number =       "4",
  pages =        "21:1--21:??",
  month =        nov,
  year =         "2010",
  CODEN =        "????",
  DOI =          "http://dx.doi.org/10.1145/1862648.1862651",
  ISSN =         "1936-7406 (print), 1936-7414 (electronic)",
  ISSN-L =       "1936-7406",
  bibdate =      "Tue Nov 23 11:26:33 MST 2010",
  bibsource =    "http://portal.acm.org/;
                 http://www.math.utah.edu/pub/tex/bib/trets.bib",
  acknowledgement = ack-nhfb,
  articleno =    "21",
  fjournal =     "ACM Transactions on Reconfigurable Technology and
                 Systems",
  journal-URL =  "http://portal.acm.org/toc.cfm?id=J1151",
}

@Article{Saldana:2010:MPM,
  author =       "Manuel Salda{\~n}a and Arun Patel and Christopher
                 Madill and Daniel Nunes and Danyao Wang and Paul Chow
                 and Ralph Wittig and Henry Styles and Andrew Putnam",
  title =        "{MPI} as a Programming Model for High-Performance
                 Reconfigurable Computers",
  journal =      j-TRETS,
  volume =       "3",
  number =       "4",
  pages =        "22:1--22:??",
  month =        nov,
  year =         "2010",
  CODEN =        "????",
  DOI =          "http://dx.doi.org/10.1145/1862648.1862652",
  ISSN =         "1936-7406 (print), 1936-7414 (electronic)",
  ISSN-L =       "1936-7406",
  bibdate =      "Tue Nov 23 11:26:33 MST 2010",
  bibsource =    "http://portal.acm.org/;
                 http://www.math.utah.edu/pub/tex/bib/trets.bib",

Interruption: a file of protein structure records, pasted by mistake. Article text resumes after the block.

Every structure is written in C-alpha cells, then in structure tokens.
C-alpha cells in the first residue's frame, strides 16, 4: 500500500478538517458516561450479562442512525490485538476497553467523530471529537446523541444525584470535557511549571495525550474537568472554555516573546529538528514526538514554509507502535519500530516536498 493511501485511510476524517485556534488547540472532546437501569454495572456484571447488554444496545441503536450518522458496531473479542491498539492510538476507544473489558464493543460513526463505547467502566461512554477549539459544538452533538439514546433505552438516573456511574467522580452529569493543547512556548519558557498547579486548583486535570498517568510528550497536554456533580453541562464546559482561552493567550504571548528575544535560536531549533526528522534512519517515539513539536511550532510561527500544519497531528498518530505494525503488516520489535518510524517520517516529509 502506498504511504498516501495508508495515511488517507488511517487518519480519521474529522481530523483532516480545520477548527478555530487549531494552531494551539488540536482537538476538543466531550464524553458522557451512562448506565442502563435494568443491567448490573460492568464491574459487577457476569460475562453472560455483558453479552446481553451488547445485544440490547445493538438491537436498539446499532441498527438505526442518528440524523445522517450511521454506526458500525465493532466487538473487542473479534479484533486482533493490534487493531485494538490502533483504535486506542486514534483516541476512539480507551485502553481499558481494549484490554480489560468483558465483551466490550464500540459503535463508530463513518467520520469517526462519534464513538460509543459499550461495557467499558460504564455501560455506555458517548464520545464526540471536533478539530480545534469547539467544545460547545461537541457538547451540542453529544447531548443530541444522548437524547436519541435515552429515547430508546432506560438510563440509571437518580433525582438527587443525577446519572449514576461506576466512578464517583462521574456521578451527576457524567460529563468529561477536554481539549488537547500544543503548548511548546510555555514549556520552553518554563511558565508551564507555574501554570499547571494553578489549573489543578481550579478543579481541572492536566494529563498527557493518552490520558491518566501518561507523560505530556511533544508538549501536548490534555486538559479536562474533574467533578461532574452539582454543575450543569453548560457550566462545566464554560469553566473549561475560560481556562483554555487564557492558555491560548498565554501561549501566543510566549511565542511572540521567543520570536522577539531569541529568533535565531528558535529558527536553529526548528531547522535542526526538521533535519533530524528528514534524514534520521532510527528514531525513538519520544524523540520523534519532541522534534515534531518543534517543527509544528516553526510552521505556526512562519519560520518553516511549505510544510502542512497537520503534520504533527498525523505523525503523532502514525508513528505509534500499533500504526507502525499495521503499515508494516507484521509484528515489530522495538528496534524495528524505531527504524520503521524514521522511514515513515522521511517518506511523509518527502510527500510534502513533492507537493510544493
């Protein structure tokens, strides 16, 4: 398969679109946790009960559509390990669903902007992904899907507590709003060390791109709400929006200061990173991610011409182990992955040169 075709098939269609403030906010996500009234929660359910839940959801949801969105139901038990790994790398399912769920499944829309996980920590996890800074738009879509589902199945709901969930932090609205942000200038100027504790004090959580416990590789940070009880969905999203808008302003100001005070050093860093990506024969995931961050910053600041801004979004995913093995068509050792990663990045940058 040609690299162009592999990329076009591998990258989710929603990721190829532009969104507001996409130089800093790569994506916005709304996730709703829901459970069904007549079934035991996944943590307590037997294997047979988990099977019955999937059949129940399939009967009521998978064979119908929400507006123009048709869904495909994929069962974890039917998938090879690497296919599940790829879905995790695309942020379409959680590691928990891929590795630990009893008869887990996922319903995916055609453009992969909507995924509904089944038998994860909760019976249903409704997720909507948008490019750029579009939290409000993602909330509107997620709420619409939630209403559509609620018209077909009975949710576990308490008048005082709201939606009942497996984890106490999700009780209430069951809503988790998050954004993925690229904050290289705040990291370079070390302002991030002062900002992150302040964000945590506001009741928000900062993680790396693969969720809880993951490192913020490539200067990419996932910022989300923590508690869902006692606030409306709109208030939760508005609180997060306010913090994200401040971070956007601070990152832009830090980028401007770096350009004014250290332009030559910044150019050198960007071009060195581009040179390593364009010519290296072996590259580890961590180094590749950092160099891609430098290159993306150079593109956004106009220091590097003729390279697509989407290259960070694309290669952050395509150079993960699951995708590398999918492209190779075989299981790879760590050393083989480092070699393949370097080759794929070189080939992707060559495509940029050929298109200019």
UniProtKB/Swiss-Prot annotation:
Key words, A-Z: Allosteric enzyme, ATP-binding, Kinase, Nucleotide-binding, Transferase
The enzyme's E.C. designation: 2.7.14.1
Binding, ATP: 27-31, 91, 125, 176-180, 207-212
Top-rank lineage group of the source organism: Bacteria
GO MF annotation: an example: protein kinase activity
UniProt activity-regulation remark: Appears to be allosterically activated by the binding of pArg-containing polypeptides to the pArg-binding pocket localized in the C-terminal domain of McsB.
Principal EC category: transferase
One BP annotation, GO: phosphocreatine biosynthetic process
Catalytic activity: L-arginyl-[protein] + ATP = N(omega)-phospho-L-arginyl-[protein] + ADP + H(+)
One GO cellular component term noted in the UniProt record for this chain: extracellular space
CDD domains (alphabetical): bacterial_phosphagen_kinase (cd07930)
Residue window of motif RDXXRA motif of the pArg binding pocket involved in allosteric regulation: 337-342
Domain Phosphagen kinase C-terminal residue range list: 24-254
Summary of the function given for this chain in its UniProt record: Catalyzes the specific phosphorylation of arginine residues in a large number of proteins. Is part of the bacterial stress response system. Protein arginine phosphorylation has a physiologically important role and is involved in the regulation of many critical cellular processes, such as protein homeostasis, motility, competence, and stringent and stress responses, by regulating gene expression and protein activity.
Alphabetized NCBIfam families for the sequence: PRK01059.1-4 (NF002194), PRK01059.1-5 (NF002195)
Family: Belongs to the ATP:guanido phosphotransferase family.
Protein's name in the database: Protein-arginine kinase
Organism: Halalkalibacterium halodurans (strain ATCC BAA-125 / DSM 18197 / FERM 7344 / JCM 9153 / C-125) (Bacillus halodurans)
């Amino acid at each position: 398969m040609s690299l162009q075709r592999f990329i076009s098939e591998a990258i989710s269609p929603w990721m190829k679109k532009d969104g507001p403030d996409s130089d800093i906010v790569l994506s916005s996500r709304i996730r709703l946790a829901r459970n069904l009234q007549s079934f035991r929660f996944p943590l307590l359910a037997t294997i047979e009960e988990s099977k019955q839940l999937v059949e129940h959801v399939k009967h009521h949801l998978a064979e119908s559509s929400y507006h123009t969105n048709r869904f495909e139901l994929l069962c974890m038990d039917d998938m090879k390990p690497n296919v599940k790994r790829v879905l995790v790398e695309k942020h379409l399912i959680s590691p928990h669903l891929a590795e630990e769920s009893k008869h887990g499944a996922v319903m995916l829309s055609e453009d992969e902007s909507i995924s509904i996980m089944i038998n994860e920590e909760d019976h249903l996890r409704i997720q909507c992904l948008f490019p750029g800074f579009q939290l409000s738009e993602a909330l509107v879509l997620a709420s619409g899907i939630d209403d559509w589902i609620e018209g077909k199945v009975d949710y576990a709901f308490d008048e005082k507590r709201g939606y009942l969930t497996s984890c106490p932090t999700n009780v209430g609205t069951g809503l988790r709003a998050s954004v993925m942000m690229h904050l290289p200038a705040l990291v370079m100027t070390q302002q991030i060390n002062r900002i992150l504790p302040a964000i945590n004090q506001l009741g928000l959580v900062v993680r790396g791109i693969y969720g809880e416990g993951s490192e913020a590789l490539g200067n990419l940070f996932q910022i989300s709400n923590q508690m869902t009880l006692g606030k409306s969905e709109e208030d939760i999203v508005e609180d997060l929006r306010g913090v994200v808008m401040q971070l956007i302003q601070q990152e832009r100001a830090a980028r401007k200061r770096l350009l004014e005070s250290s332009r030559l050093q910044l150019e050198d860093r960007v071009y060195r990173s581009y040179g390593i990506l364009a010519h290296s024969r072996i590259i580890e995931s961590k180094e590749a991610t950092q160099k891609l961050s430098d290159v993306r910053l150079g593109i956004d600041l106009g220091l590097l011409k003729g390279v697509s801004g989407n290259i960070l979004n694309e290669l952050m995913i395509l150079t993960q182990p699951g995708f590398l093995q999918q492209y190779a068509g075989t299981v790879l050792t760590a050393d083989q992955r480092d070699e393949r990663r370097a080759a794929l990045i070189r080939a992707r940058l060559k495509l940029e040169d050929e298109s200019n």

acknowledgement = ack-nhfb,
  articleno =    "22",
  fjournal =     "ACM Transactions on Reconfigurable Technology and
                 Systems",
  journal-URL =  "http://portal.acm.org/toc.cfm?id=J1151",
}

@Article{Chiu:2010:MDS,
  author =       "Matt Chiu and Martin C. Herbordt",
  title =        "Molecular Dynamics Simulations on High-Performance
                 Reconfigurable Computing Systems",
  journal =      j-TRETS,
  volume =       "3",
  number =       "4",
  pages =        "23:1--23:??",
  month =        nov,
  year =         "2010",
  CODEN =        "????",
  DOI =          "http://dx.doi.org/10.1145/1862648.1862653",
  ISSN =         "1936-7406 (print), 1936-7414 (electronic)",
  ISSN-L =       "1936-7406",
  bibdate =      "Tue Nov 23 11:26:33 MST 2010",
  bibsource =    "http://portal.acm.org/;
                 http://www.math.utah.edu/pub/tex/bib/trets.bib",
  acknowledgement = ack-nhfb,
  articleno =    "23",
  fjournal =     "ACM Transactions on Reconfigurable Technology and
                 Systems",
  journal-URL =  "http://portal.acm.org/toc.cfm?id=J1151",
}

@Article{Montone:2010:PFD,
  author =       "Alessio Montone and Marco D. Santambrogio and
                 Donatella Sciuto and Seda Ogrenci Memik",
  title =        "Placement and Floorplanning in Dynamically
                 Reconfigurable {FPGAs}",
  journal =      j-TRETS,
  volume =       "3",
  number =       "4",
  pages =        "24:1--24:??",
  month =        nov,
  year =         "2010",
  CODEN =        "????",
  DOI =          "http://dx.doi.org/10.1145/1862648.1862654",
  ISSN =         "1936-7406 (print), 1936-7414 (electronic)",
  ISSN-L =       "1936-7406",
  bibdate =      "Tue Nov 23 11:26:33 MST 2010",